- Superannuation Consumers Centre Limited; and
- The Headstone Project (Tasmania) Incorporated.
Withholding tax rate
The list of countries whose residents are eligible to access a reduced withholding tax rate of 15% on certain distributions from Australian managed investment trusts (MITs) will be updated to add Curaçao, Lebanon, Nauru, Pakistan, Panama, Peru, Qatar and the United Arab Emirates.
Tax integrity and black economy
Australian Business Number (ABN) holders will be required to lodge their income tax return and confirm the accuracy of their details on the Australian Business Register annually to retain their ABN status.
The start date of amendments to Div 7A will be delayed by 12 months to 1 July 2020. The proposed amendments announced in the 2018 and 2016 Federal Budgets will undergo further consultation with stakeholders.
Minor amendments will be made to the hybrid mismatch rules to clarify their operation from 2019.
The ATO’s Tax Avoidance Taskforce will extend its operations and expand its activities, including increasing its scrutiny of specialist tax advisors and intermediaries that promote tax avoidance schemes.
The ATO will receive funding to increase activities to recover unpaid tax and superannuation liabilities with a focus on large businesses and high wealth individuals.
A dedicated sham contracting unit will be established within the Fair Work Ombudsman to address sham contracting behaviour by some employers.
Members of regulated superannuation funds will not have to meet the work test after 1 July 2020 if they are 65 or 66 years of age.
The restrictions on claiming the spouse contribution tax offset will be eased from 1 July 2020, giving 70 to 74 year old spouses eligibility. Although eligibility criteria has been extended for some spouses, there is no change announced to the:
- amount of the offset;
- income limits of the spouse;
- restrictions relating to the spouse’s contributions caps; or
- non-refundable attribute of the offset itself.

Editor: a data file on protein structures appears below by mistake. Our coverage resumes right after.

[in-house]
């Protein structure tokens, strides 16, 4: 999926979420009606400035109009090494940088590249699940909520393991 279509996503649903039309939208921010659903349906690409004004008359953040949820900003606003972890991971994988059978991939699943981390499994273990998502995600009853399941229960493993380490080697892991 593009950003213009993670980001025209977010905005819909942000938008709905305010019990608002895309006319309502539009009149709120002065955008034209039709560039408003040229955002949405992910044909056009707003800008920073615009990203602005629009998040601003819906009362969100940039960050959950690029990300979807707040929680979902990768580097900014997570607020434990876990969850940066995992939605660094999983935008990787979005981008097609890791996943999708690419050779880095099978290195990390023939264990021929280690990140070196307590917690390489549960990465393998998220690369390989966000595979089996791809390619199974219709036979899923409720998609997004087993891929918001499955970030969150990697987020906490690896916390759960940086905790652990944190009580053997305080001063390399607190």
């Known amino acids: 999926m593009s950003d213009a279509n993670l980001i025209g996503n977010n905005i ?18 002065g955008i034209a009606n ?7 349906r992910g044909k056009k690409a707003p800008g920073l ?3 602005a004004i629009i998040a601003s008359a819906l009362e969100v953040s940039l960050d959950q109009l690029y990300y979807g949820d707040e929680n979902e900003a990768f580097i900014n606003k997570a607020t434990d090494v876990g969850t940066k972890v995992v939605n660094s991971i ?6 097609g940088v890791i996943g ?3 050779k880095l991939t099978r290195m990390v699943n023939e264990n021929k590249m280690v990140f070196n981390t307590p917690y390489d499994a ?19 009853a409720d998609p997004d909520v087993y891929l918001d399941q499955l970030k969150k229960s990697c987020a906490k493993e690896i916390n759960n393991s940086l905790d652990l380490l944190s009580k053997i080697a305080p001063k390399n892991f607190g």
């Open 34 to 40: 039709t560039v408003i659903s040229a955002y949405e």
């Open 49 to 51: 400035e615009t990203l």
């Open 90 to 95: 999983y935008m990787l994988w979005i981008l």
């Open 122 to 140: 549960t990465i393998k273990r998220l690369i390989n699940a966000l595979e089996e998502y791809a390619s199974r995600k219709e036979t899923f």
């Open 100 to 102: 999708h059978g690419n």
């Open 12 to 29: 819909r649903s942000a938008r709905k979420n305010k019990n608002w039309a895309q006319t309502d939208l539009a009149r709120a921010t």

The calculation of exempt current pension income will be simplified for superannuation funds from 1 July 2020, allowing a preferred method of calculation and removal of some actuarial certificates.
Currently, some superannuation funds have a restriction on whether they can use the segregated method or proportionate method when calculating the ECPI. Also, funds which stop using the segregated method in an income year cannot go back to using it. From the 2020/21 financial year, all superannuation funds have the option to choose a preferred method of calculation.
Also, from 1 July 2020, an actuarial certificate will not be required for superannuation funds which have solely retirement phase accounts.
Since December 2008, tax relief has been available for qualifying superannuation funds that have merged. This allowed a deferral of capital gains or losses, similar to other scrip-for-scrip rollovers.
This tax relief will be made permanent from 1 July 2020.
SuperStream will be expanded from 31 March 2021 to include electronic ATO requests for release of superannuation funds and SMSF rollovers.
An expression of interest process will be undertaken to identify options to support establishment of a Superannuation Consumer Advocate.
For vehicles acquired on or after 1 July 2019, eligible primary producers and tourism operators will be able to apply for a refund of any luxury car tax paid, up to a maximum of $10,000.
Access to refunds of indirect tax, including GST, fuel and alcohol taxes under the Indirect Tax Concession Scheme has been granted or extended.
There will be a one-off Energy Assistance Payment of $75 for singles and $62.50 for each member of a couple eligible for qualifying payments on 2 April 2019 and who are resident in Australia.
Single Touch Payroll reports lodged by employers will be shared with social security agencies from 1 July 2020.
Family Tax Benefit eligibility will be extended to the families of ABSTUDY (secondary) student recipients who are aged 16 years and over, and are required to live away from home to attend secondary school.
From 1 July 2019, net income generated from the forced sale of livestock will be exempted from the Farm Household Allowance payment assessment, when that income is invested into a farm management deposit.
The HELP debt incurred for recognised teaching qualifications after teachers have been placed in very remote locations of Australia for four years (or part time equivalent) will be extinguished. Indexation on HELP debts of all teachers while they are placed in very remote locations will no longer accrue from 14 February 2019.